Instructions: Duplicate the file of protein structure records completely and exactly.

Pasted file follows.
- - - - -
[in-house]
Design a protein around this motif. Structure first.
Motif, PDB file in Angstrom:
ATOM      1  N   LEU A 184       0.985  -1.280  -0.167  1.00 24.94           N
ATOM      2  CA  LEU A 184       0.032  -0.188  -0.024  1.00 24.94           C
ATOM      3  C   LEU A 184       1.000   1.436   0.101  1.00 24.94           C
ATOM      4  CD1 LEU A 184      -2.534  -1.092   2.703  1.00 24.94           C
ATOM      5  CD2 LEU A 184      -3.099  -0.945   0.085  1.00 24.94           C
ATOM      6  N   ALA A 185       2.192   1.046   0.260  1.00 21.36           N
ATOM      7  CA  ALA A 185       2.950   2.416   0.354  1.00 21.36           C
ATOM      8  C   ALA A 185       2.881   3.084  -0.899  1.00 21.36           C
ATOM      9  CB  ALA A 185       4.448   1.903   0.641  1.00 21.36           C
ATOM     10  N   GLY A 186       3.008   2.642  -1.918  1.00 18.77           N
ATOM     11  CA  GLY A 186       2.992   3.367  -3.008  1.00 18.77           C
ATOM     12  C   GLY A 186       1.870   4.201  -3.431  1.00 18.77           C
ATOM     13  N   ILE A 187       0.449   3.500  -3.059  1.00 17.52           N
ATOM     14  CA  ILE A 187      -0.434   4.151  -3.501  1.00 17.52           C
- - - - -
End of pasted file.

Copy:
[in-house]
Design a protein around this motif. Structure first.
Motif, PDB file in Angstrom:
ATOM      1  N   LEU A 184       0.985  -1.280  -0.167  1.00 24.94           N
ATOM      2  CA  LEU A 184       0.032  -0.188  -0.024  1.00 24.94           C
ATOM      3  C   LEU A 184       1.000   1.436   0.101  1.00 24.94           C
ATOM      4  CD1 LEU A 184      -2.534  -1.092   2.703  1.00 24.94           C
ATOM      5  CD2 LEU A 184      -3.099  -0.945   0.085  1.00 24.94           C
ATOM      6  N   ALA A 185       2.192   1.046   0.260  1.00 21.36           N
ATOM      7  CA  ALA A 185       2.950   2.416   0.354  1.00 21.36           C
ATOM      8  C   ALA A 185       2.881   3.084  -0.899  1.00 21.36           C
ATOM      9  CB  ALA A 185       4.448   1.903   0.641  1.00 21.36           C
ATOM     10  N   GLY A 186       3.008   2.642  -1.918  1.00 18.77           N
ATOM     11  CA  GLY A 186       2.992   3.367  -3.008  1.00 18.77           C
ATOM     12  C   GLY A 186       1.870   4.201  -3.431  1.00 18.77           C
ATOM     13  N   ILE A 187       0.449   3.500  -3.059  1.00 17.52           N
ATOM     14  CA  ILE A 187      -0.434   4.151  -3.501  1.00 17.52           C